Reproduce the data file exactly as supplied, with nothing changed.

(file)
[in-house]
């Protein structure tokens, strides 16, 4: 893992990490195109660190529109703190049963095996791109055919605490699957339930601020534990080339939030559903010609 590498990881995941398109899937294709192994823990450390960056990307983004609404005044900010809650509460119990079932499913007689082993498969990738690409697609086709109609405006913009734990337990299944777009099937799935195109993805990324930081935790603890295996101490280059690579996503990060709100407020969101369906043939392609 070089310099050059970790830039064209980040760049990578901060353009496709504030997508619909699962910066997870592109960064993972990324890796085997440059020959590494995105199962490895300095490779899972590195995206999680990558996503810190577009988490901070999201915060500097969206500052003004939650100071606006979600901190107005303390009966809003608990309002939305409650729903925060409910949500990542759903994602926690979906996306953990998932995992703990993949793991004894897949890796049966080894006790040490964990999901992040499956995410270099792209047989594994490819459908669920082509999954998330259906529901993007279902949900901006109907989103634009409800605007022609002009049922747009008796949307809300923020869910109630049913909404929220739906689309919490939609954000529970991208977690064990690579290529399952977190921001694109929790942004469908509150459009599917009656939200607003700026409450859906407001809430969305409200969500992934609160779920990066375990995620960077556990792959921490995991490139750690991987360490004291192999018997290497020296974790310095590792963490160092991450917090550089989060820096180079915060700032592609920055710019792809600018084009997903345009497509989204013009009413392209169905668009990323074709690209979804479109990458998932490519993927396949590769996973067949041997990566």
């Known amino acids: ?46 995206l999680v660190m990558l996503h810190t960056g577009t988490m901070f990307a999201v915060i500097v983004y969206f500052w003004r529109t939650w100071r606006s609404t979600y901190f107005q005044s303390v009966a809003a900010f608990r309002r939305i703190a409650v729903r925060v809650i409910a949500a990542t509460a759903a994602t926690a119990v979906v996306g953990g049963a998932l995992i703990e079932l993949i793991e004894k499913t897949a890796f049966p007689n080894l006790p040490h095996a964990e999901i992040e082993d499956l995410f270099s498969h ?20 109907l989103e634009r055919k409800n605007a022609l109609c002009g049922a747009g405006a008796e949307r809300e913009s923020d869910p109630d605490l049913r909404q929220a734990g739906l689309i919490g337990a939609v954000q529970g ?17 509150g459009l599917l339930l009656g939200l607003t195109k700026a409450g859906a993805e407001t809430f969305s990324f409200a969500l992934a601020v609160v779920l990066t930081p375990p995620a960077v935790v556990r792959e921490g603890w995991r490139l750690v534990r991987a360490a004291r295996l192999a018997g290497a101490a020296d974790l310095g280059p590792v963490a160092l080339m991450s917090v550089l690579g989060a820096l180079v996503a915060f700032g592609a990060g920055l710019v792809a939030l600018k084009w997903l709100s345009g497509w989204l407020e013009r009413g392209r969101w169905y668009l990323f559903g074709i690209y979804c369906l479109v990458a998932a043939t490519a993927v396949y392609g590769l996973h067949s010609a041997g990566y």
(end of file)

[in-house]
């Protein structure tokens, strides 16, 4: 893992990490195109660190529109703190049963095996791109055919605490699957339930601020534990080339939030559903010609 590498990881995941398109899937294709192994823990450390960056990307983004609404005044900010809650509460119990079932499913007689082993498969990738690409697609086709109609405006913009734990337990299944777009099937799935195109993805990324930081935790603890295996101490280059690579996503990060709100407020969101369906043939392609 070089310099050059970790830039064209980040760049990578901060353009496709504030997508619909699962910066997870592109960064993972990324890796085997440059020959590494995105199962490895300095490779899972590195995206999680990558996503810190577009988490901070999201915060500097969206500052003004939650100071606006979600901190107005303390009966809003608990309002939305409650729903925060409910949500990542759903994602926690979906996306953990998932995992703990993949793991004894897949890796049966080894006790040490964990999901992040499956995410270099792209047989594994490819459908669920082509999954998330259906529901993007279902949900901006109907989103634009409800605007022609002009049922747009008796949307809300923020869910109630049913909404929220739906689309919490939609954000529970991208977690064990690579290529399952977190921001694109929790942004469908509150459009599917009656939200607003700026409450859906407001809430969305409200969500992934609160779920990066375990995620960077556990792959921490995991490139750690991987360490004291192999018997290497020296974790310095590792963490160092991450917090550089989060820096180079915060700032592609920055710019792809600018084009997903345009497509989204013009009413392209169905668009990323074709690209979804479109990458998932490519993927396949590769996973067949041997990566």
């Known amino acids: ?46 995206l999680v660190m990558l996503h810190t960056g577009t988490m901070f990307a999201v915060i500097v983004y969206f500052w003004r529109t939650w100071r606006s609404t979600y901190f107005q005044s303390v009966a809003a900010f608990r309002r939305i703190a409650v729903r925060v809650i409910a949500a990542t509460a759903a994602t926690a119990v979906v996306g953990g049963a998932l995992i703990e079932l993949i793991e004894k499913t897949a890796f049966p007689n080894l006790p040490h095996a964990e999901i992040e082993d499956l995410f270099s498969h ?20 109907l989103e634009r055919k409800n605007a022609l109609c002009g049922a747009g405006a008796e949307r809300e913009s923020d869910p109630d605490l049913r909404q929220a734990g739906l689309i919490g337990a939609v954000q529970g ?17 509150g459009l599917l339930l009656g939200l607003t195109k700026a409450g859906a993805e407001t809430f969305s990324f409200a969500l992934a601020v609160v779920l990066t930081p375990p995620a960077v935790v556990r792959e921490g603890w995991r490139l750690v534990r991987a360490a004291r295996l192999a018997g290497a101490a020296d974790l310095g280059p590792v963490a160092l080339m991450s917090v550089l690579g989060a820096l180079v996503a915060f700032g592609a990060g920055l710019v792809a939030l600018k084009w997903l709100s345009g497509w989204l407020e013009r009413g392209r969101w169905y668009l990323f559903g074709i690209y979804c369906l479109v990458a998932a043939t490519a993927v396949y392609g590769l996973h067949s010609a041997g990566y």